From a stocks point of view, I think the hydrogen hype is hurting. Toyota is down percentage wise as much as gm in the last year (over 8%), and toyota didn't have the ignition scandal. The pressure down on toyota is because of its loss of technical leadership. TSLA is up 64% in the same period. volkswagon is up but much less than the market, only 3% in the last year.
     
  15. bwilson4web

    bwilson4web BMW i3 and Model 3

    Joined:
    Nov 25, 2005
    25,419
    14,409
    0
    Location:
    Huntsville AL
    Vehicle:
    2017 Prius Prime
    Model:
    Prime Plus
    I was thinking about it this morning and in theory, a home-based, H{2} generation system might make it practical. Using electrolysis to convert water into H{2} and vent the O{2} might be a practical solution. Compression of the H{2} would be from the electrolysis so only a fairly small, high-pressure water pump would be needed.

    This would avoid 90% of the problem of a 'hydrogen highway' by letting the FCV be in effect, a home area car. If the home H{2} generator could fill a small, portable tank, it could handle the cases of overestimating the range.

    Still, H{2} is terrible stuff to deal with and high-pressure doesn't make it any nicer.

    Bob Wilson
     
  16. austingreen

    austingreen Senior Member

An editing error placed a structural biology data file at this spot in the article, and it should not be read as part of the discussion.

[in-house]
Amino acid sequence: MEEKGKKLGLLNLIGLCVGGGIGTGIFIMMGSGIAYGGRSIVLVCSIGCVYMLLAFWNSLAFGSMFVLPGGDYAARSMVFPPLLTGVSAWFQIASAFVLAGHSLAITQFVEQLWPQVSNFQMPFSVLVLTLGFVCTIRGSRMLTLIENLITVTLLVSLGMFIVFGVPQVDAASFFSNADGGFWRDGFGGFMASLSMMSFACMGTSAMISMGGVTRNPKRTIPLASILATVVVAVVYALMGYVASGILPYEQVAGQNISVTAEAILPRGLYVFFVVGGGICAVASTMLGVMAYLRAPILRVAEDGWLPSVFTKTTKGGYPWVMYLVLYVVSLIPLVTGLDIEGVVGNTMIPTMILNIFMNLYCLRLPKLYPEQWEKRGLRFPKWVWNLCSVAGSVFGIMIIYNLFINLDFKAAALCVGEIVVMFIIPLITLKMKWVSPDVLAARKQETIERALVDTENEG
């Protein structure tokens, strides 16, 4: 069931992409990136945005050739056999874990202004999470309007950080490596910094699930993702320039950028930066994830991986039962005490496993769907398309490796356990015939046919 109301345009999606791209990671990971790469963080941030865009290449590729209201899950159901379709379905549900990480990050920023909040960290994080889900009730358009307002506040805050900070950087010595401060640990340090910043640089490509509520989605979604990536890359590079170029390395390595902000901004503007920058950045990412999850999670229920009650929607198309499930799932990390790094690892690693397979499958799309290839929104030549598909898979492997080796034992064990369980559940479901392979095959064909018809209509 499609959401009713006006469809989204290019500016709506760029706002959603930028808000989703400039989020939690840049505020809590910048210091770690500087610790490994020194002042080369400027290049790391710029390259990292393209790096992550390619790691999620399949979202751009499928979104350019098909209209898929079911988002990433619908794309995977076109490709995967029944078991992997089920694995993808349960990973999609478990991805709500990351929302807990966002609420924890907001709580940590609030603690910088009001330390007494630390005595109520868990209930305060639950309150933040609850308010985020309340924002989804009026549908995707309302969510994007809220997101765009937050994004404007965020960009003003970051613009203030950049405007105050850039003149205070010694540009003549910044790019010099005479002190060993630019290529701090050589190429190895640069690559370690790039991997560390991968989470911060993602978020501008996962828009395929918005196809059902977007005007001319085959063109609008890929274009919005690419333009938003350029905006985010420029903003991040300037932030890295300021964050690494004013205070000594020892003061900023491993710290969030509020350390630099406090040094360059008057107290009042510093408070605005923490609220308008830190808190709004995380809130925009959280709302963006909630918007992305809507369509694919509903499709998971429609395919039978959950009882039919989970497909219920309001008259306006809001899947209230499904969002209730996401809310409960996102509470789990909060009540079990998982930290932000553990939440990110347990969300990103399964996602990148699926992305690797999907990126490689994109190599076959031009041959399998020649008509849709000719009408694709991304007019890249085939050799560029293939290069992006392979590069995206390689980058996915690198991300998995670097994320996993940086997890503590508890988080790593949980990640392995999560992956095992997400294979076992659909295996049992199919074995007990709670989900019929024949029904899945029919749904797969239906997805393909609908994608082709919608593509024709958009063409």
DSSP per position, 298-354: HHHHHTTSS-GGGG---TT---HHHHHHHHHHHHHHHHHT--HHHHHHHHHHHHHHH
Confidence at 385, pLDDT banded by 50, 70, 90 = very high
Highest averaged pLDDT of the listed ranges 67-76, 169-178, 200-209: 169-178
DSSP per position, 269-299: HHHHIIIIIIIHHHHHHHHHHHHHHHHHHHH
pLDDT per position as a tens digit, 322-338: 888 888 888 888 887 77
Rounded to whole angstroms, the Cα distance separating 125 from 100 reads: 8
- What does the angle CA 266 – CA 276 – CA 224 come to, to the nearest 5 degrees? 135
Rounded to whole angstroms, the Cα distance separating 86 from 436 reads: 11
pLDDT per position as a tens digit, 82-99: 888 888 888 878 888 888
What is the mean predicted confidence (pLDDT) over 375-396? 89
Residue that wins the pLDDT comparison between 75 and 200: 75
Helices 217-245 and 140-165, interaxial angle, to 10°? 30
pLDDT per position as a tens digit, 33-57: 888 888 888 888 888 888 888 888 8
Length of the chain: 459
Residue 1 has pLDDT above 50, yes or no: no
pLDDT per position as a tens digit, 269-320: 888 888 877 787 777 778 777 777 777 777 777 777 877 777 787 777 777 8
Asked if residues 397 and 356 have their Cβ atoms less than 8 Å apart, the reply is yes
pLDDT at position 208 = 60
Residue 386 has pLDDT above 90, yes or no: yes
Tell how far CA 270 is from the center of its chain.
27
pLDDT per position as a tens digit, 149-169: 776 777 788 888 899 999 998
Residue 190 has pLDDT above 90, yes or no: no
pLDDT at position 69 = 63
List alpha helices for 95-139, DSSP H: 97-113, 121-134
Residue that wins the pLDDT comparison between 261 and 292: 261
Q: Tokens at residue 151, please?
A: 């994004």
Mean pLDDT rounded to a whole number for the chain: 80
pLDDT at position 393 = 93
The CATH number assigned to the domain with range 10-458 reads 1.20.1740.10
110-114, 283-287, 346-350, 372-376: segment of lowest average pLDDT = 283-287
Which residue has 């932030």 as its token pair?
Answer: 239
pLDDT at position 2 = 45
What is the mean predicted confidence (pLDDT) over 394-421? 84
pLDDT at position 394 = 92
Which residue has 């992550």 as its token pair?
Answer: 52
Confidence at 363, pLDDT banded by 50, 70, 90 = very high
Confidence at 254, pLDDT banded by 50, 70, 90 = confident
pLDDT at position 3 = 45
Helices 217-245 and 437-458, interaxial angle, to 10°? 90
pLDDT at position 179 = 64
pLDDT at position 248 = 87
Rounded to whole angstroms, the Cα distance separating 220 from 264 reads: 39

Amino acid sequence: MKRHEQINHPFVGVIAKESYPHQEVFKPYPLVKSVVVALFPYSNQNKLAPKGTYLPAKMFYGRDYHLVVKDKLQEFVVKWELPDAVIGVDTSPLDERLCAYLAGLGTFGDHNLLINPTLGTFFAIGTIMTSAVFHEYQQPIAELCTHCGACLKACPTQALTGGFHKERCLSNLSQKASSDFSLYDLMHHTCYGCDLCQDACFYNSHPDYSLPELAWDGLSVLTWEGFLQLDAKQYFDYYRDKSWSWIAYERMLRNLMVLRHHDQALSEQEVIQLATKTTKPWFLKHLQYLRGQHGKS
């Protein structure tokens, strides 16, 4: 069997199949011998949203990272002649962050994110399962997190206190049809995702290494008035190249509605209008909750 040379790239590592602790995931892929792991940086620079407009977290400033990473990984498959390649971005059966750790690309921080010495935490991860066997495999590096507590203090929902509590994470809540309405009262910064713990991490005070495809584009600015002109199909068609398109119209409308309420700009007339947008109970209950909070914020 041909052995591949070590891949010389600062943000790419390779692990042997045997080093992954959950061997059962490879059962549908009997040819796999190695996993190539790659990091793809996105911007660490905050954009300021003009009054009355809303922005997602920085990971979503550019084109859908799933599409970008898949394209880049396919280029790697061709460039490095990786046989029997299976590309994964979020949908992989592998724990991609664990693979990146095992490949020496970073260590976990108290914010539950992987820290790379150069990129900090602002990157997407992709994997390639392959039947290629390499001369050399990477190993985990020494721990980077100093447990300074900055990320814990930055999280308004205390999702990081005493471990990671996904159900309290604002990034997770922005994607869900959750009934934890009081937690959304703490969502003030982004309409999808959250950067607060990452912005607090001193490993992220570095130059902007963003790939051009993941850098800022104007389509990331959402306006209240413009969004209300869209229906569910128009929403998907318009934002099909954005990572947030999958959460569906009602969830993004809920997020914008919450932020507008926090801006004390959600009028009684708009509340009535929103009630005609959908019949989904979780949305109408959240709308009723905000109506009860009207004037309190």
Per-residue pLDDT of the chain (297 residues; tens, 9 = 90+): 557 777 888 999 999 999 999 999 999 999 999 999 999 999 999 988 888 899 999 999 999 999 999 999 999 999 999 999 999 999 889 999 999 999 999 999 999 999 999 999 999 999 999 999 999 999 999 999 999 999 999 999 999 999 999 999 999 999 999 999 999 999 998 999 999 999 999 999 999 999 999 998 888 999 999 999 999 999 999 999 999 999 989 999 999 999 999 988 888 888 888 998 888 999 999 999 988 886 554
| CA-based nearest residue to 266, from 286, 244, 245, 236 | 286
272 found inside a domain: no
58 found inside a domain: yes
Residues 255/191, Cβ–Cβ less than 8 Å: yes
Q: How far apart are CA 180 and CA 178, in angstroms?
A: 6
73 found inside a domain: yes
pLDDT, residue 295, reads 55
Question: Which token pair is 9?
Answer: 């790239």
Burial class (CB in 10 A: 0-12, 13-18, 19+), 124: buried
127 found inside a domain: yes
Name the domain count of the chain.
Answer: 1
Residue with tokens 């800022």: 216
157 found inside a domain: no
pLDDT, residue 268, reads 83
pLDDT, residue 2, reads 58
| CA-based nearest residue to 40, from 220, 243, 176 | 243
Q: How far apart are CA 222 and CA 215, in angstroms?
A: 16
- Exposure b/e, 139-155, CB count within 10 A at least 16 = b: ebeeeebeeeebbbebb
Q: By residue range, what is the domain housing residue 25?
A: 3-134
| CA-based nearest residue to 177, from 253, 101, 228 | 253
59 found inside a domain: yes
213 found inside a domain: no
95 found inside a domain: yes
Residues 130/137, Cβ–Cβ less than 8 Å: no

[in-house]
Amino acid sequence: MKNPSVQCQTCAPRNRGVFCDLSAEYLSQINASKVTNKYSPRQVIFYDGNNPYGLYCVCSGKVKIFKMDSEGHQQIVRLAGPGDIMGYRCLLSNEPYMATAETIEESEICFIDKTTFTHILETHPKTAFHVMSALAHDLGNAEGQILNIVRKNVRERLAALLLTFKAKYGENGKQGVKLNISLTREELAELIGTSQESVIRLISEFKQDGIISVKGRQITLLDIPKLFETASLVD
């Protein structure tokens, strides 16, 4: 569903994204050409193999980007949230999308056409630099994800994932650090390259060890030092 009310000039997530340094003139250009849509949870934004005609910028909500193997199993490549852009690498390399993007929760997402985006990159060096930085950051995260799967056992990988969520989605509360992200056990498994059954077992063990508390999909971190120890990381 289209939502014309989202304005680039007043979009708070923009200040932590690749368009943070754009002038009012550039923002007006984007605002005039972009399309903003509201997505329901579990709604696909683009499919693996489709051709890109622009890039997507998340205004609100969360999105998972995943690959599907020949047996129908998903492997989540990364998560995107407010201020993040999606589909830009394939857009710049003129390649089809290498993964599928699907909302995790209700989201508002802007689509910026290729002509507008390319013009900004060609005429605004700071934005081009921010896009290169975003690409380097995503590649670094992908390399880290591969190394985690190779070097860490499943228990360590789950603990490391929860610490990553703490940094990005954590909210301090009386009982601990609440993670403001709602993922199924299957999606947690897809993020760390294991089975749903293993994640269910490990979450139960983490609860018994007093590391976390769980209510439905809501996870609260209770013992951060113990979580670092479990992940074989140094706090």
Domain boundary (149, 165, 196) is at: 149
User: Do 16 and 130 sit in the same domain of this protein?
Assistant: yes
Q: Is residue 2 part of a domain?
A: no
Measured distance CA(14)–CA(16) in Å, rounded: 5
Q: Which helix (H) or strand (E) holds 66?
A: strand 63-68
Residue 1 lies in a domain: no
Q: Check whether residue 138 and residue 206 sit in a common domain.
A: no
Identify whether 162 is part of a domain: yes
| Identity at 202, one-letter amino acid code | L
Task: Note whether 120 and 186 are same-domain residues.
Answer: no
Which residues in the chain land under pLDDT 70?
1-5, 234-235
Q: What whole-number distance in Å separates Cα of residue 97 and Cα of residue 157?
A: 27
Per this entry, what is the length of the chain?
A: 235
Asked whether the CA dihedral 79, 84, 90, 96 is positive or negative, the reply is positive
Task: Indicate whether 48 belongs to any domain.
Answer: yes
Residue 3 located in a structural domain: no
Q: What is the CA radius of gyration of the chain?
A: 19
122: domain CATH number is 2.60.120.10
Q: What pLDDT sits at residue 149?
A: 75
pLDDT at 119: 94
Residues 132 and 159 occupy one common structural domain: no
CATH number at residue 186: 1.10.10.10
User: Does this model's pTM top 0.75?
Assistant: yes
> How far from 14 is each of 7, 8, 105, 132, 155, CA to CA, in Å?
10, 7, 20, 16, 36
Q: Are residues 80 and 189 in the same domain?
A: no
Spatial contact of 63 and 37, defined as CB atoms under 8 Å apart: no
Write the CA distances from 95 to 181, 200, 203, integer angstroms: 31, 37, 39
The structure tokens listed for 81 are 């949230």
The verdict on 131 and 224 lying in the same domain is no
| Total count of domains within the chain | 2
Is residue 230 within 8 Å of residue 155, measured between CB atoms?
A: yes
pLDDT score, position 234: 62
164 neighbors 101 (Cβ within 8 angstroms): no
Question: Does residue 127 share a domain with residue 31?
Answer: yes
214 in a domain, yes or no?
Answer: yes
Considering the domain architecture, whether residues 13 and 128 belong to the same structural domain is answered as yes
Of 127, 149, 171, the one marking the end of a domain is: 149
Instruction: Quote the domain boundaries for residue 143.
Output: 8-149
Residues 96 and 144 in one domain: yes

Joined:
    Nov 3, 2009
    13,215
    3,796
    0
    Location:
    Austin, TX, USA
    Vehicle:
    2018 Tesla Model 3
    Model:
    N/A
    Let's say a phev (could be plug-in hydrogen) gets 100 mpge (i3 117, volt 98, prius 95) and a fcev gets 65 (honda 60, hyundai 49). Now say you had your home electrolyzer that was 75% efficient (likely worse) to partially fill the tank, we mucltiply the 65x75% and get 49 mpge it will go about half as far as making that fuel cell car a plug-in. Say batteries cost $500/kwh (teslas says less than $100/kwh in the next decade), a 15 kwh battery would cost $7500. That home electrolyser would probably cost at least $5000. It doesn't make much sense. Drop in that big battery and the fuel cell stack can be half the size. If today the stack costs $30,000, adding that bigger battery would drop the cost to $15000 (use a 50 kw stack with a 100 kw battery instead of a 100 kw stack with a 30 kw battery).